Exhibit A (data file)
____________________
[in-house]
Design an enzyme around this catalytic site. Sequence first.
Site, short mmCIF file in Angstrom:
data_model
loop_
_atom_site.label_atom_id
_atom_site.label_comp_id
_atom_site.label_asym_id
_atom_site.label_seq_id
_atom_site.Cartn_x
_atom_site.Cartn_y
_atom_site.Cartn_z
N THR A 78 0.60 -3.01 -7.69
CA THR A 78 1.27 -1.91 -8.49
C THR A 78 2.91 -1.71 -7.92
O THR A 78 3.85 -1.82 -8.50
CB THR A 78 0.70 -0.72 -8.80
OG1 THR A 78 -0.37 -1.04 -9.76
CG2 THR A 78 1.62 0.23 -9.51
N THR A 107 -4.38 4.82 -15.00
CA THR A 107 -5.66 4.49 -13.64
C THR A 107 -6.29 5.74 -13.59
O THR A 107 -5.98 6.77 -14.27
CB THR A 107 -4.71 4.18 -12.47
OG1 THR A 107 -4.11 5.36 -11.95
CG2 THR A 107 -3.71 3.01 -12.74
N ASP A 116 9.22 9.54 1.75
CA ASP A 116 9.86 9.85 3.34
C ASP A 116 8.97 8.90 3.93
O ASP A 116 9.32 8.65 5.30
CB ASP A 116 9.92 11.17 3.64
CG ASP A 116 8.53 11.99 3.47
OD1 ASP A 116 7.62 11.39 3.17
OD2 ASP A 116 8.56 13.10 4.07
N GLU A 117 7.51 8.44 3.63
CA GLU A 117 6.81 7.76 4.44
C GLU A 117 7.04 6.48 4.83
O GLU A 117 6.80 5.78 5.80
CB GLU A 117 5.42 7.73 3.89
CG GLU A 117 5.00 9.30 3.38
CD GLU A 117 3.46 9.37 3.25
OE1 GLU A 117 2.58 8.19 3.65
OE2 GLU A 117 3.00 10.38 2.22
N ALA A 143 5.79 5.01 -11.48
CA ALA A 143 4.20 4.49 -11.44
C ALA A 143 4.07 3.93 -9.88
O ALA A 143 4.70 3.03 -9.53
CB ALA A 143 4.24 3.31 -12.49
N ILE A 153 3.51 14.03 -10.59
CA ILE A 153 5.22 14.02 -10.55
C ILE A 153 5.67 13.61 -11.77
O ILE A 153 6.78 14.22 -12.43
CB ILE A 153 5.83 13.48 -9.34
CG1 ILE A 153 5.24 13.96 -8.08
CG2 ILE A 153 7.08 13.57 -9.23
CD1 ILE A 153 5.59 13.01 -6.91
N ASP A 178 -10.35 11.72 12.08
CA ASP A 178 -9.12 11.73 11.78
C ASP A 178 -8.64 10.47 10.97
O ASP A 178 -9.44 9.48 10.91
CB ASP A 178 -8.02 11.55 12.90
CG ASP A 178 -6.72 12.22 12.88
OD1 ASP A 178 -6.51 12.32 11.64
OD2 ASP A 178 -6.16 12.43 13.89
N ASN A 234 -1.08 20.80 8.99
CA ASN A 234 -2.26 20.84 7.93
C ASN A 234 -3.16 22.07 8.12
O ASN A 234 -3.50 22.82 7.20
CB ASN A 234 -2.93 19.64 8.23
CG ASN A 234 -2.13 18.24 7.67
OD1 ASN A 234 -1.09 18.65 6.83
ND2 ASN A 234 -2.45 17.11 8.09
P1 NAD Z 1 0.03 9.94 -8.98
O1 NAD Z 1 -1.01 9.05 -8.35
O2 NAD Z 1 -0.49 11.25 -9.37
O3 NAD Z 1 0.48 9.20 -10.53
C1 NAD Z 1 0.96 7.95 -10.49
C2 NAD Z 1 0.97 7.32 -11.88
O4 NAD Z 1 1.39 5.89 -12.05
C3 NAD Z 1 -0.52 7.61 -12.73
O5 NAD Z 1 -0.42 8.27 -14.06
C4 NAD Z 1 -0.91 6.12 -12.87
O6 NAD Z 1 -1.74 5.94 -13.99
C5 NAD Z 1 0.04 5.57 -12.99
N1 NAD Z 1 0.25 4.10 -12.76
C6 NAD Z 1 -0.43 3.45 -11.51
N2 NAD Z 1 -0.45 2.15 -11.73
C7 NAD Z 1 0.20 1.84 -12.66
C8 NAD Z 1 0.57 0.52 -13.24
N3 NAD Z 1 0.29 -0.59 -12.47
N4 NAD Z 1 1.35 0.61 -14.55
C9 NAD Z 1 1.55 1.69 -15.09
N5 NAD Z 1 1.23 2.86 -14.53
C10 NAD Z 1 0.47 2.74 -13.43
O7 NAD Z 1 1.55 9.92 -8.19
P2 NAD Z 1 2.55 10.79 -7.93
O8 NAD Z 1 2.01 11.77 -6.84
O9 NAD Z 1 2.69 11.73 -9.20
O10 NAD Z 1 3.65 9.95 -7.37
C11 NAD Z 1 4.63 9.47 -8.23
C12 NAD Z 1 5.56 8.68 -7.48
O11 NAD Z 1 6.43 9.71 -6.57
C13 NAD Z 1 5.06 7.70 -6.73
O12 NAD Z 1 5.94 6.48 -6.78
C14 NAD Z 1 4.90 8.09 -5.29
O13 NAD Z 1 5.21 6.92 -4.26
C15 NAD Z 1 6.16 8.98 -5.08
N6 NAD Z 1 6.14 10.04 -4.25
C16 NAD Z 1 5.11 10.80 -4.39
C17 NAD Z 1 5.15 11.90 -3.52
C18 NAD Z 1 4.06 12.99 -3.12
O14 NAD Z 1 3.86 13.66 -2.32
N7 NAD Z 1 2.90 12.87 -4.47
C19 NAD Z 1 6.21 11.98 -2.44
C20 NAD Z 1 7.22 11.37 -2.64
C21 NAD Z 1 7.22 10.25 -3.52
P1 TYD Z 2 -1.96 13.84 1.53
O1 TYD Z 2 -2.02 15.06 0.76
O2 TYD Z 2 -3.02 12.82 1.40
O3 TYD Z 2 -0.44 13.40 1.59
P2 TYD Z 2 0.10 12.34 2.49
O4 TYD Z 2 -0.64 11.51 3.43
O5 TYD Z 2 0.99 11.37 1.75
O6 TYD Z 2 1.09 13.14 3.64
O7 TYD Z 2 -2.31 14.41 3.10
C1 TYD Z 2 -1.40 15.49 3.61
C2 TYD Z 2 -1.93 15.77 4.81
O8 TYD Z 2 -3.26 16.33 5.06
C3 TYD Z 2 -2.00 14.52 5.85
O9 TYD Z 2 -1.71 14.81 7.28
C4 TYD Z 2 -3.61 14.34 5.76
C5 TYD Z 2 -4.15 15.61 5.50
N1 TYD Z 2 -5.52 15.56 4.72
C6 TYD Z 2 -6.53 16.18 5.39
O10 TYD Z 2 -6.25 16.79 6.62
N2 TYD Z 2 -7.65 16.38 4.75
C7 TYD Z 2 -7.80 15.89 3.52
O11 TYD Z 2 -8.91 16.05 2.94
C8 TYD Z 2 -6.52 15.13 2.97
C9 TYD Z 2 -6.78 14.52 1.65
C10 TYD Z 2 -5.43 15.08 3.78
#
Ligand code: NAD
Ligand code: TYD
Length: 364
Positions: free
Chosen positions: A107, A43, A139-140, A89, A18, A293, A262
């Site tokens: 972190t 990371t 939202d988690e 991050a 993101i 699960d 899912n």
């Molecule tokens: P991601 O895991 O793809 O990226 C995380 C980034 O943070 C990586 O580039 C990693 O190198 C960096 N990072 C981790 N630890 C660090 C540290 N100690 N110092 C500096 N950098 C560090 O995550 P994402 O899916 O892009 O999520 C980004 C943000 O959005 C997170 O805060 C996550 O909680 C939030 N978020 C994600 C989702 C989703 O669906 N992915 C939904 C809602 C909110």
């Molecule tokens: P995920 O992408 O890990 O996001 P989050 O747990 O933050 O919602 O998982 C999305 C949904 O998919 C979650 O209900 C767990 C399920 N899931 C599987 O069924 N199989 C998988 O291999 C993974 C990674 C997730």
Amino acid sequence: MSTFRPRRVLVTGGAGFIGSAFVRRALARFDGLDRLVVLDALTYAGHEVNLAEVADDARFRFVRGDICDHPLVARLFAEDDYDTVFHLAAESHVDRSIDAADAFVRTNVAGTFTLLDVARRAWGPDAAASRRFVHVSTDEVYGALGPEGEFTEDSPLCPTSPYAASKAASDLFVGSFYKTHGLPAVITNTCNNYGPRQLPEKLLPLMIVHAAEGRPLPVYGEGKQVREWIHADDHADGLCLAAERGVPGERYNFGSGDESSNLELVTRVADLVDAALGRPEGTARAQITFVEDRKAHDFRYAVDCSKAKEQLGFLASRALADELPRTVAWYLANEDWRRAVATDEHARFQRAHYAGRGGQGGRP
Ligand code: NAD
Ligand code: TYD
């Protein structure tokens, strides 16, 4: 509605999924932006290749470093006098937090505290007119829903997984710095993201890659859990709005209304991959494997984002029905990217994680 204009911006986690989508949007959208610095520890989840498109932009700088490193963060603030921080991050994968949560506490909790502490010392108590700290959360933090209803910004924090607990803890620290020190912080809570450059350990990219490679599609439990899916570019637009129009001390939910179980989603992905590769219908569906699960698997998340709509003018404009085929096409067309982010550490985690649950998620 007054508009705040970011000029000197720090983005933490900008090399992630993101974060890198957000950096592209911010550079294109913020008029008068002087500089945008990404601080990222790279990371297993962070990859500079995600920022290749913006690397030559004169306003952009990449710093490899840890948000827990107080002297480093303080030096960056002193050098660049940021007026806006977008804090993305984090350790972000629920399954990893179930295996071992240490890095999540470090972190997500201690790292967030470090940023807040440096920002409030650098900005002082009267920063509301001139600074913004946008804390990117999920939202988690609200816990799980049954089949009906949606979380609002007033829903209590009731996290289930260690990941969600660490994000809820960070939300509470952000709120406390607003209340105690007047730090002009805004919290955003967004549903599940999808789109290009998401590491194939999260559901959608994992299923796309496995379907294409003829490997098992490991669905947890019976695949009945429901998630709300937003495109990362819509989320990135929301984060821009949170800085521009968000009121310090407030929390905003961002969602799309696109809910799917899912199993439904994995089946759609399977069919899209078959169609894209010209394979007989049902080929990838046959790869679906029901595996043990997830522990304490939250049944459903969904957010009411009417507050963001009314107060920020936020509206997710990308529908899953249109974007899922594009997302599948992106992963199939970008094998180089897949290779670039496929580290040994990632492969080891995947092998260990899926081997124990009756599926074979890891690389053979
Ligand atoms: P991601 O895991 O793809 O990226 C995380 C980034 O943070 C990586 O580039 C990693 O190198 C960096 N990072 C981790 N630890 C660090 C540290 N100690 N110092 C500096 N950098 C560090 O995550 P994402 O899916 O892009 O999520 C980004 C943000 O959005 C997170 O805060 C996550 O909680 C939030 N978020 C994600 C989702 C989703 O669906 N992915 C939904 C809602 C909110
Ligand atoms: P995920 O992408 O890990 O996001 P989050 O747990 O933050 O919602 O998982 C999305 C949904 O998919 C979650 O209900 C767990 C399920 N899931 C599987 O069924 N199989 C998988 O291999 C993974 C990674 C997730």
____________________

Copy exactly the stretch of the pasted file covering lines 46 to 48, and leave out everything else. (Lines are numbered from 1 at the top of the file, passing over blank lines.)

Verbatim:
C ALA A 143 4.07 3.93 -9.88
O ALA A 143 4.70 3.03 -9.53
CB ALA A 143 4.24 3.31 -12.49